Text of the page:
Registered with the Registrar of Newspapers for India under R.N.I 53640/91
Vol. XXVI No. 07, July 16-31, 2016
Heeded the Districts too
I knew S. Sriraman (MM, July 1st) ever since 1963. I, as the convener of the North Arcot District Cricket Association (now the Vellore District Cricket Association) requested him to guide us in the formation of the Association and also to participate in the inaugural meeting. He came to Vellore along with Ramanujam of Nethaji Cricket Club, Chennai on July 2, 1964 and spoke on the ways to improve the standard of the game in the district. Later, as the founder Honorary Secretary of the Association from 1964 to 1971 and 1986, I attended the Annual General Body meetings of the TNCA and met him.
As pointed out in the article, Sriraman was shrewd without being manipulative and permitted the members, whether from the city or the districts to express their views and listened carefully even criticisms and always tried to solve them with the follow up action after the conclusion of the meetings. He did not distinguish action to be taken on the activities of the game between Madras city and all districts.
During his tenure good coaches were also sent to the districts to train the schoolboys and seniors.
Long live ISO 9002 !!
The travails of MMM at the Madras domestic airport prompted me to write this.
Rain inside the airport is common for both domestic and international passengers.
While MMM experienced a long queue for check-in at the domestic, similar is the story for international travellers – but with a difference!
International travellers after flying 15/20 hours land at MAA airport. All they would like is to reach their places as early as possible. But alas! They have to wait for 30/45 minutes for clearance at the immigration counters. It is a pitiable sight to see travellers standing with young restless kids. While passengers with children get priority in boarding, the same courtesy is not extended at the immigration counters.
For departing passengers, the immigration wait is 30 minutes!
On top of it all, we (shamelessly?) exhibit a huge board at MAA airport proudly displaying ISO approval!! (Wonder whether the ISO approval still holds good?)
N P Andavan
The quiz item no.19 (MM, July 1) states that Butea monosperma is known as Purasai. Actually it is Purasu. The first Tamil-English Lexicon (1779 and subsequently revised in 1809) published by early Lutheran missionaries identifies Purasu correctly with Palasu.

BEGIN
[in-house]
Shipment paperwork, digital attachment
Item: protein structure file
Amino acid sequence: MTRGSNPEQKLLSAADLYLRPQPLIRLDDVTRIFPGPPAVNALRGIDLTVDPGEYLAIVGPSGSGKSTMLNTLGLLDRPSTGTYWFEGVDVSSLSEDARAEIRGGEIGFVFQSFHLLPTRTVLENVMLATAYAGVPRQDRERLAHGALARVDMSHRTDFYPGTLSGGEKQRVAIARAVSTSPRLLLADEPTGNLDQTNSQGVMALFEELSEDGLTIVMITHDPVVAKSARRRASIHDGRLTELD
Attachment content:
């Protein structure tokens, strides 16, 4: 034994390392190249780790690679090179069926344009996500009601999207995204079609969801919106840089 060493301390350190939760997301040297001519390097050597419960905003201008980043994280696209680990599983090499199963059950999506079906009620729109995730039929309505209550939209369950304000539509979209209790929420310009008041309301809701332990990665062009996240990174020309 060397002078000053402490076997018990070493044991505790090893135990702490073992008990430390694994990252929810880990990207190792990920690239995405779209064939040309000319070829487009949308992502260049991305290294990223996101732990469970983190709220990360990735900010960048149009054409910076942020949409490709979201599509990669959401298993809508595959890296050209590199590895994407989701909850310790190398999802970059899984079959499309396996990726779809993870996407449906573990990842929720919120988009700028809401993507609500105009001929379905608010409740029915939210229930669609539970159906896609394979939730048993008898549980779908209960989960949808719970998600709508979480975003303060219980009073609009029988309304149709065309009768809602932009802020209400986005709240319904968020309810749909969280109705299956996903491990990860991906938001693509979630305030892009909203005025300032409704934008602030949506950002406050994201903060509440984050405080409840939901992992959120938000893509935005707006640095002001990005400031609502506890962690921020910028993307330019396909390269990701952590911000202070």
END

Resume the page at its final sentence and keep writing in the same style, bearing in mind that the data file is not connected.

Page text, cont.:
Purasai, as usually used, means a cord round the neck of the elephant and has nothing to do with the Flame of the Forest tree. In Sanskrit it is simply Agnishika, denoting the colour of the flowers of the tree. In Kannada, it isMuttaga. The doyen of Kannada linguistics, Rev.Kittel (1894) brilliantly derives it to mean “an environing tree”.
The linguistic experts should try and find out whether there is anything common between the cognates Purasu and Palasu.
Boys still later
In the item on Old Rosarians (MM, July1st) issue, it was stated that 1955-56 was the year which had the last batch of boys in Rosary Matriculation School. This is wrong. I studied in the school up to Class V from 1963-64 to 1967-68. I also remember that it took a couple of more years before the school ceased to be a co-ed institution. The Principal in my time was the tall Irish nun, Mother Teresa Xavier and though she looked imposing she was very kind to all of us.I am not aware of the reason for the school asking boys to leave in the middle of the academic year in 1955-56.
Incidentally, when my mother sought my admission in Vidya Mandir in Class VI, the then Principal of the school who was her schoolmate in R.K.M. Sarada Vidyalaya, T’Nagar, told her that as a school-mate she could offer her a glass of lemon juice, but was unable to admit me. This was in spite of my excellent academic record at Rosary Matric. Obviously, the sending-off in 1955-56, still rankled!
LHS 14-B, Spring Haven,
Chennai Port Trust,
Chennai 600 001
It was Mu.Ka.
In Zoo Story Part III (MM July 1st, it is stated MGR inaugurated the Zoo in 1989. But he had died on December 24, 1987.
Shobha Menon replies: Sorry. My source had said “then Chief Minister” and I had not looked further. The “then Chief
Minister” (in 1989) was Mu. Karunanidhi.
The problems with the dadaps
The Flame of the Forest, Butia monosperma as it is known to botanists (MM, June 16th). It is popularly known in South India by its synonymous name, Erythrina species. There are over 130 species, in the tropics and sub-tropics, worldwide. Its flowers range from red to even yellow in some of the species.